Emotions are as viral as a dog wearing a hat or an opossum riding a skateboard, was the determination a Facebook study reached after manipulating the emotional states of its users for seven days in January 2012.

The not-so-lighthearted Facebook study, entitled "Experimental evidence of massive-scale emotional contagion through social networks," was published on June 14 in the Proceedings of the National Academy of Sciences of the United States of America (PNAS) and has given social network users yet another reason to spend less time sharing online.

Close to 700,000 Facebook users unknowingly took part in the study, in which researchers analyzed more than 3 million posts, containing over 122 million words. Researchers isolated 4 million positive and 1.8 million negative words from the scrutinized posts and then manipulated user NewsFeeds to mood one or the other, either a river of positive posts or a flood of negative content.

By showing the unwitting control group only positive or negative posts, researchers wanted to determine whether or not user moods were contagious -- if an individual was only exposed to pessimistic content, would that user submit negative content as well?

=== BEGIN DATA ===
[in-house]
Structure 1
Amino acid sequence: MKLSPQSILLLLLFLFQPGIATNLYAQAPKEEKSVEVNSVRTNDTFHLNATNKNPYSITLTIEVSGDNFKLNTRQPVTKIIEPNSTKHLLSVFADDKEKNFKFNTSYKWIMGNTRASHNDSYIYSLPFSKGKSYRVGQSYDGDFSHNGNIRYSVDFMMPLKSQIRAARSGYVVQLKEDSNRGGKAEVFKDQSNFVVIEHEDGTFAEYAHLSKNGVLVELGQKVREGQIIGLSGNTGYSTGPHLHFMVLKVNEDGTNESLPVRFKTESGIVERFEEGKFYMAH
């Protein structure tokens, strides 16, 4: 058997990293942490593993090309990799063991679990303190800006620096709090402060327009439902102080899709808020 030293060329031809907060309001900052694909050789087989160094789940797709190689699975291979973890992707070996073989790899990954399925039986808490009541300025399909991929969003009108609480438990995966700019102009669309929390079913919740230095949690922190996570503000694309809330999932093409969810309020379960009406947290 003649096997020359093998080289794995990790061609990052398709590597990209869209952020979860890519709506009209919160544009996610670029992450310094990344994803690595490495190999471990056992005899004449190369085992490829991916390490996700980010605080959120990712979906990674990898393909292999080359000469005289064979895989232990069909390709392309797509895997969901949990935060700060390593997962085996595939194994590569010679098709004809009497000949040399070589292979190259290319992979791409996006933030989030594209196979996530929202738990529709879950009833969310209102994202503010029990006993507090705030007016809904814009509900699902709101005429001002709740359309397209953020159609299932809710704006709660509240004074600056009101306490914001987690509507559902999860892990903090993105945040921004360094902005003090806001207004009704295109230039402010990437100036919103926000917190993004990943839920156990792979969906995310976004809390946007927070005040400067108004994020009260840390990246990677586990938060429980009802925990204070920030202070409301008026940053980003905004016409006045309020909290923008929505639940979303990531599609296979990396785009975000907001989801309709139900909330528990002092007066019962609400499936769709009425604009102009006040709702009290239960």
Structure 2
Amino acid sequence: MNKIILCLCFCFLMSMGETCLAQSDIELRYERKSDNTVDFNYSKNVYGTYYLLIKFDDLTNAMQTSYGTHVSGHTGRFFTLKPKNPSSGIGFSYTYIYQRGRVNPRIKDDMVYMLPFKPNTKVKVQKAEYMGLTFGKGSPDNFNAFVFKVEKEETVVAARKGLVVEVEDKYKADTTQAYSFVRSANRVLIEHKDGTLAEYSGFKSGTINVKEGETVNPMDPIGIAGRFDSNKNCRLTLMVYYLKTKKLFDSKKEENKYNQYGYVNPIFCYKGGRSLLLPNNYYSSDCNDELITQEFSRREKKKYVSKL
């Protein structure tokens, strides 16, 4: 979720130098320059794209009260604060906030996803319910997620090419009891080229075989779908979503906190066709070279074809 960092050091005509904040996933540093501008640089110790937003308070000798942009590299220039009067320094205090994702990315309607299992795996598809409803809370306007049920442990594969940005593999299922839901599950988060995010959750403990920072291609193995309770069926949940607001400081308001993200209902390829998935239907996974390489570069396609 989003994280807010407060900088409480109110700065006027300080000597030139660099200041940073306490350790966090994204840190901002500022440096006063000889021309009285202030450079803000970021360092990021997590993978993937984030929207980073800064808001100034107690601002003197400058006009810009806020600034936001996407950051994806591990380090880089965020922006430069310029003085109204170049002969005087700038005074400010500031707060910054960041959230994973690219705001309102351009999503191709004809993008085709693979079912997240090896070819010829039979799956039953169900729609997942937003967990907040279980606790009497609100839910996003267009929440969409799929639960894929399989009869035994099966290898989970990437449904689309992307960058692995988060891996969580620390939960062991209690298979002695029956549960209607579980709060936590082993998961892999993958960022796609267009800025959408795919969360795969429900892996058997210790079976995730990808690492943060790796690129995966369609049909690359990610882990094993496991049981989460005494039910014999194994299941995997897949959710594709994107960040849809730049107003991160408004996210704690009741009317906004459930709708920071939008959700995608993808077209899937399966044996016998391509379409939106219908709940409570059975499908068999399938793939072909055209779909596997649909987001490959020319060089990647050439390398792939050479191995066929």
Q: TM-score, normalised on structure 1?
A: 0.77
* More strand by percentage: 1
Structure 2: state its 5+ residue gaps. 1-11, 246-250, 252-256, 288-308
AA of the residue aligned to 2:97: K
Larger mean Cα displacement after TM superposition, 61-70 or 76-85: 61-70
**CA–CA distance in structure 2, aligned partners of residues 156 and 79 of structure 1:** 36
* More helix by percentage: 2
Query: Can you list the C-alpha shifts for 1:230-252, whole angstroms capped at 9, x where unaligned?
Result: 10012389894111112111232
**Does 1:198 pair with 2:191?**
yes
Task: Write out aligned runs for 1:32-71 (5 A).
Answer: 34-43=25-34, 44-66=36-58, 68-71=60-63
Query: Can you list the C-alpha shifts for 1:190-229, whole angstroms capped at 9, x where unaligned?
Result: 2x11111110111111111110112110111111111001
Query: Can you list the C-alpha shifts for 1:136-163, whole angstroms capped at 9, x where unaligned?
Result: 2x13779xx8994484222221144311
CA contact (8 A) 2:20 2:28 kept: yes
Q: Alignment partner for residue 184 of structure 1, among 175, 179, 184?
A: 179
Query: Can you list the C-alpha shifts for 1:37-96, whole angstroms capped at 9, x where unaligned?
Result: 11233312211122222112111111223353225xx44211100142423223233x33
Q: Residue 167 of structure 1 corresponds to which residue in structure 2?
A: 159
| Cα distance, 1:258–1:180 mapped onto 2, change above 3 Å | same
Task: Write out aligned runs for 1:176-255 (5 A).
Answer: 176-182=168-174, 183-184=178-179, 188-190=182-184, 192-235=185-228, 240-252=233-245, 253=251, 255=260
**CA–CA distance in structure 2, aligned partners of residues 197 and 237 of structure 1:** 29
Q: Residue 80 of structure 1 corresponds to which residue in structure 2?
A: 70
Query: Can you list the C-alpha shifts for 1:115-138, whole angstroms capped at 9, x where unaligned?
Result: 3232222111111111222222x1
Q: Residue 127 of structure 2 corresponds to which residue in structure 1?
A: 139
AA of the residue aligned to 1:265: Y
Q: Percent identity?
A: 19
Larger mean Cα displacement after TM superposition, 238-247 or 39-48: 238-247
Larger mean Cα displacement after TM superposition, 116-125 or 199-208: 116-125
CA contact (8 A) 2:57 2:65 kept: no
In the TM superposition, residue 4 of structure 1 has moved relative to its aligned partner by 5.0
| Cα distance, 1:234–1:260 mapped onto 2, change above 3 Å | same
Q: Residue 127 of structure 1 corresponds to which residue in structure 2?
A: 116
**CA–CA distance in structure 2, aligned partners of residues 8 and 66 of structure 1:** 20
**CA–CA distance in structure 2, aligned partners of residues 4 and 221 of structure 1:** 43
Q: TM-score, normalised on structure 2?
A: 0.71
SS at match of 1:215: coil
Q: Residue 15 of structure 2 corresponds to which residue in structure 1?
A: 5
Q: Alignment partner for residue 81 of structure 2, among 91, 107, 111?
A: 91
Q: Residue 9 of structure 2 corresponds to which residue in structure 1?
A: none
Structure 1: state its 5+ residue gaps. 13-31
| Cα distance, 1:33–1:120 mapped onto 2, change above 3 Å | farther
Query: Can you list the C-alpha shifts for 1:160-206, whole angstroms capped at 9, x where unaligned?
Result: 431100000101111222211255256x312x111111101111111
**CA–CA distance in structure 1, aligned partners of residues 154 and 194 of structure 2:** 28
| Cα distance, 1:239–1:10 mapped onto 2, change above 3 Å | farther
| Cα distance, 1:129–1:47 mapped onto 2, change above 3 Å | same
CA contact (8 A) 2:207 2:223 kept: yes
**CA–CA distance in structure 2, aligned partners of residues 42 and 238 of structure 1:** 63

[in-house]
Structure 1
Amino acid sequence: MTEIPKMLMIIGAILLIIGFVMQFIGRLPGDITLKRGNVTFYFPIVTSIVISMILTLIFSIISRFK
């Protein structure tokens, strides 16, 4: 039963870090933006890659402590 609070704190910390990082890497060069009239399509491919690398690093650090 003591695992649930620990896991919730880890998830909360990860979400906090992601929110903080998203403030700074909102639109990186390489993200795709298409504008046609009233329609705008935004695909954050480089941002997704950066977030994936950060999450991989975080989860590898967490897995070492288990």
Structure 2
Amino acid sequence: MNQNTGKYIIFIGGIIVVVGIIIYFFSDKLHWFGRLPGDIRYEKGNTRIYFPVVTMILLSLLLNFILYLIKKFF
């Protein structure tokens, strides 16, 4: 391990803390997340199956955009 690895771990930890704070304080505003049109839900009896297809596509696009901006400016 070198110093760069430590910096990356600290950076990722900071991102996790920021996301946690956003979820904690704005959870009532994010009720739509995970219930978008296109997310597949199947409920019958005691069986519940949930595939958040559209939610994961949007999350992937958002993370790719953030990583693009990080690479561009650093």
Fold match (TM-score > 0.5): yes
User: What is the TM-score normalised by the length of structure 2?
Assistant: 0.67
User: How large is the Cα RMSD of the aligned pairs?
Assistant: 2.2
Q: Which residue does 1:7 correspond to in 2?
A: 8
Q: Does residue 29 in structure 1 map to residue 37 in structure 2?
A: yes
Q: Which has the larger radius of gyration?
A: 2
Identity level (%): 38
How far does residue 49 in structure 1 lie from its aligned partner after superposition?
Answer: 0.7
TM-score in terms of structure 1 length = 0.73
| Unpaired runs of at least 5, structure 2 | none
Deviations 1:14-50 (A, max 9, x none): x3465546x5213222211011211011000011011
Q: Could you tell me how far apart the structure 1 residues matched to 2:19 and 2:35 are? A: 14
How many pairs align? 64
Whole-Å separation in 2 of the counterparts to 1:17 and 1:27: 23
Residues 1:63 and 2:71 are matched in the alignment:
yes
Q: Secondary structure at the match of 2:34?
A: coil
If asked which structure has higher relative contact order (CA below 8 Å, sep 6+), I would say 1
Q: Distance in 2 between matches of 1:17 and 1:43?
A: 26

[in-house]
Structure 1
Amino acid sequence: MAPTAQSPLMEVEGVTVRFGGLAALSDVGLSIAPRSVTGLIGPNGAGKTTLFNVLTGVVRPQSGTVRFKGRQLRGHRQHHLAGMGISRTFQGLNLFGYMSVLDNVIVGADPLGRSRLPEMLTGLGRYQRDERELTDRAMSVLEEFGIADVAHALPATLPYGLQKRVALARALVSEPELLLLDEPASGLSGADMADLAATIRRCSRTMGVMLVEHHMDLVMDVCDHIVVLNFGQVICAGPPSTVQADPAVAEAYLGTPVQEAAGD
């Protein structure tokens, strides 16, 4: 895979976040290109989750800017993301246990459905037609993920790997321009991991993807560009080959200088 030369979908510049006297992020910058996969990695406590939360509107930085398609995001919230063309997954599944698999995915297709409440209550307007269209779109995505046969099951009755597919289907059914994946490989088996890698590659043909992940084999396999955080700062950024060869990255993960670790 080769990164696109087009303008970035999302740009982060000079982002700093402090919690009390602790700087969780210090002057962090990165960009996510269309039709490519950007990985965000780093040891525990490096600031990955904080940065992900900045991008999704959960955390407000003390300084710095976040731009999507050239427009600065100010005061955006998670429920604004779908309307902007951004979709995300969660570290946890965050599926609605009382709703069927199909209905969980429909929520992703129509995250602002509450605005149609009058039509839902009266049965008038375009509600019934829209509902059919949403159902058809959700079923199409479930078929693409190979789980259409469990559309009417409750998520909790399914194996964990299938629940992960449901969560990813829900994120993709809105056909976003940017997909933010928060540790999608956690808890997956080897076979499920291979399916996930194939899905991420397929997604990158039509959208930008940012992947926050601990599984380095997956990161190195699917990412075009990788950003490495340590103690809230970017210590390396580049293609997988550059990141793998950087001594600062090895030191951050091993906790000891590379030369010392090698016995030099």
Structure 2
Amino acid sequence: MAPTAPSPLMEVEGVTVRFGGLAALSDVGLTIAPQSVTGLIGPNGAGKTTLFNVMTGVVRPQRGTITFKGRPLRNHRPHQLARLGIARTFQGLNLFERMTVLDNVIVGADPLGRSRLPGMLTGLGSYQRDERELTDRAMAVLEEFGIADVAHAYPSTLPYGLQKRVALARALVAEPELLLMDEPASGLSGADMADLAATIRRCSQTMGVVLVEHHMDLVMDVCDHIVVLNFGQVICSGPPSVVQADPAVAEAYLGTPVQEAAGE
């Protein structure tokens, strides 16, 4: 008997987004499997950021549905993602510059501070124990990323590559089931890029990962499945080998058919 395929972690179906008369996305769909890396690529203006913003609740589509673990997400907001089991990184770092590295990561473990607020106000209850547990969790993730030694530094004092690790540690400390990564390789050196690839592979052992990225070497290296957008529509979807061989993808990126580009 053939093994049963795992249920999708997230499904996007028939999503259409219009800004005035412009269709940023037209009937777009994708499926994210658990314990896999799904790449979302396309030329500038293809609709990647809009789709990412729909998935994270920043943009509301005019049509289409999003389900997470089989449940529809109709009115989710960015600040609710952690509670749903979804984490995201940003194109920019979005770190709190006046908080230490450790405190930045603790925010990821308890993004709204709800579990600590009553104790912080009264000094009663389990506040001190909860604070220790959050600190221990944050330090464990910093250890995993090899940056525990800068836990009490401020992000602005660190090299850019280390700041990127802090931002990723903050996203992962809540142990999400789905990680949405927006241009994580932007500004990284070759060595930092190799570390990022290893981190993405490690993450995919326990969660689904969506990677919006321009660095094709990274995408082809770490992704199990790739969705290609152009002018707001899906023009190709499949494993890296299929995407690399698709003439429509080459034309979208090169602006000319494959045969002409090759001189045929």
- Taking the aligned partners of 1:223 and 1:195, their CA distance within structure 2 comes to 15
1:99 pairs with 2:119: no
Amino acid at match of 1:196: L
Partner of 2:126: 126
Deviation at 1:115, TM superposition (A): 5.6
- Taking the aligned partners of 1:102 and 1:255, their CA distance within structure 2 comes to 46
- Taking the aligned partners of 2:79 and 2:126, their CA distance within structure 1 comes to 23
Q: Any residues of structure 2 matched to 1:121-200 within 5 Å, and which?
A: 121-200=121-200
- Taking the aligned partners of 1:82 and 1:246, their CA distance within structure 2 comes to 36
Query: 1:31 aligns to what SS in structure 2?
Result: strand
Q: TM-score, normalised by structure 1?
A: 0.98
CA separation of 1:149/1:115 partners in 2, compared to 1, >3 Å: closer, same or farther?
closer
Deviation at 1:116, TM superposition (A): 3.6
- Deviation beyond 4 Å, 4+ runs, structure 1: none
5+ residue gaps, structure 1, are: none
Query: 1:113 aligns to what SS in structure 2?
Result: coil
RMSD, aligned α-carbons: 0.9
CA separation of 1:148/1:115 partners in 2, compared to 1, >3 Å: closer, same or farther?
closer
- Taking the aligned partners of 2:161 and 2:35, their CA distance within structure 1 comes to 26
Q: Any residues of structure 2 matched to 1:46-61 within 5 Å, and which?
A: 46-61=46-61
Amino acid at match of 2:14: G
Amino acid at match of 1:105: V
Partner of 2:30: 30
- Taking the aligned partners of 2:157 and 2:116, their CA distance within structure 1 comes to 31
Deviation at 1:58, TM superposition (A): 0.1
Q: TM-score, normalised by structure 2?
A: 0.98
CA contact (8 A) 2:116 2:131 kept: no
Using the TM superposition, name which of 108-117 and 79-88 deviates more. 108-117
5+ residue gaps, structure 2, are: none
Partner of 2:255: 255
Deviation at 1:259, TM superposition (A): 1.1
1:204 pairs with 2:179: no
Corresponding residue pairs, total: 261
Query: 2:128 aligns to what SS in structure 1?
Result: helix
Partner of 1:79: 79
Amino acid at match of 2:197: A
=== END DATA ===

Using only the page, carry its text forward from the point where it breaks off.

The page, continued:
The study concluded negative words increased in direct correlation to the appearance of pessimistic posts and that the converse was true of reactions to positive content.

"This is not a simple case of mimicry, either; the cross-emotional encouragement effect (e.g., reducing negative posts led to an increase in positive posts) cannot be explained by mimicry alone, although mimicry may well have been part of the emotion-consistent effect," the study stated.

The study accounted for users' reaction to their friends' moods, rather than focusing on an individual's reaction to good or bad news in itself. Researchers also determined that pure expression, good or bad, was impacted to the absence of prevalence of content from friends.

"We also observed a withdrawal effect: People who were exposed to fewer emotional posts, of either valence, in their NewsFeed were less expressive overall on the following days, addressing the question about how emotional expression affects social engagement online," the study stated.

Researchers claimed to have used the Hadoop Map/Reduce system, an analytics framework, so that researchers wouldn't have to view the content of the filtered or feed posts. The use of the analytics system was said to have enabled the study to comply with Facebook's policies on data usage.

Facebook's data usage protocols authorize the social networking site to collect user data and use it for "internal operations, including troubleshooting, data analysis, testing, research and service improvement."

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